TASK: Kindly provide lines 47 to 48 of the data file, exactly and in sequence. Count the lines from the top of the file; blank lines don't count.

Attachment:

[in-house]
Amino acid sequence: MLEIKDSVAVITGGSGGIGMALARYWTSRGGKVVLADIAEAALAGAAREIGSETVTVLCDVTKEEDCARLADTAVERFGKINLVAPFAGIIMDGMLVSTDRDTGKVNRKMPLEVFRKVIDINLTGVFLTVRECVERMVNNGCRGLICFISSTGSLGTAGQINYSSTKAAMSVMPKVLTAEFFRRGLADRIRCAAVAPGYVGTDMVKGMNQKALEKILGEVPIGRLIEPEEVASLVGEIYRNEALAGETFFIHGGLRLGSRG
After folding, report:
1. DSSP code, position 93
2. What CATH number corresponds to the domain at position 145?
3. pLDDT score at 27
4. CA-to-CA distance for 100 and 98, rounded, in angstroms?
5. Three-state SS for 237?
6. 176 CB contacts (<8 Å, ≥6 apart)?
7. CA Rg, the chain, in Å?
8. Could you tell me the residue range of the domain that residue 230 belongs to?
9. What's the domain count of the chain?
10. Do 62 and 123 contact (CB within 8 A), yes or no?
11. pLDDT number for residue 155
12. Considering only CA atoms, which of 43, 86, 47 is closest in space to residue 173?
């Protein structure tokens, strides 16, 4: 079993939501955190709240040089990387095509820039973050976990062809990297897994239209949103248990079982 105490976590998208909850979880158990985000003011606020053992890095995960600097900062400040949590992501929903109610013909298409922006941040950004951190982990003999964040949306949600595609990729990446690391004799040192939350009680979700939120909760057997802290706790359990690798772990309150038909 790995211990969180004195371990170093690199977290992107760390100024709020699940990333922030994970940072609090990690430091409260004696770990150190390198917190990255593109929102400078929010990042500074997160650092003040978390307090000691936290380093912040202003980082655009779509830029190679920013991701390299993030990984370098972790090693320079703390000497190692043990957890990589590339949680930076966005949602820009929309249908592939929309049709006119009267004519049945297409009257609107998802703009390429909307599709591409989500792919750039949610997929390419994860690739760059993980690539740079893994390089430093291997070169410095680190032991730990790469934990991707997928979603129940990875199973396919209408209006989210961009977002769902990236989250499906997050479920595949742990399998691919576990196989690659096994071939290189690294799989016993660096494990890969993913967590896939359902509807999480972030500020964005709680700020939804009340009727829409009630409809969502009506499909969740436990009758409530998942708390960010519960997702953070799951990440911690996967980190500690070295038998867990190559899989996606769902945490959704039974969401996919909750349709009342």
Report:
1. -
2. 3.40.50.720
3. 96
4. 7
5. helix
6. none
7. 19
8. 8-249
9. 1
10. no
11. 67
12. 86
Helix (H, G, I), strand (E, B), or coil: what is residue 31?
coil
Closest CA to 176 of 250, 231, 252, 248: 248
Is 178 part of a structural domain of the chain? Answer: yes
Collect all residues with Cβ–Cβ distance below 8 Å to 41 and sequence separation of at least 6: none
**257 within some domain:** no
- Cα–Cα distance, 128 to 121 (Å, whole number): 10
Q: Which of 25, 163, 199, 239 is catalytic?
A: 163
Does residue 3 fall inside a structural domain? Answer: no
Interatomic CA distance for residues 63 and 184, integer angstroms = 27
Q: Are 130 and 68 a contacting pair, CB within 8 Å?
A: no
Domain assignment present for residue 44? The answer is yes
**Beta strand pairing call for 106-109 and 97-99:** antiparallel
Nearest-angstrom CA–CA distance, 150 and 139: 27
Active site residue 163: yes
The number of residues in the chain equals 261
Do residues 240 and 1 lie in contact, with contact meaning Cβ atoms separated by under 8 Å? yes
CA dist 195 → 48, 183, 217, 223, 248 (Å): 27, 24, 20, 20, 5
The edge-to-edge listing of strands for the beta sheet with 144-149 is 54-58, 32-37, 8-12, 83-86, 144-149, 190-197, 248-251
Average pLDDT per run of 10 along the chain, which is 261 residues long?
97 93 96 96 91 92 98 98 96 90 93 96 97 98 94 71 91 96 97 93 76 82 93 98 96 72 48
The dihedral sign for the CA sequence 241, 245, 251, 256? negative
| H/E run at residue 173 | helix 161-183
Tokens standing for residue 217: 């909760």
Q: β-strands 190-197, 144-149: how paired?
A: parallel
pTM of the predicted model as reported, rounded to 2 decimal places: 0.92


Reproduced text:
The number of residues in the chain equals 261
Do residues 240 and 1 lie in contact, with contact meaning Cβ atoms separated by under 8 Å? yes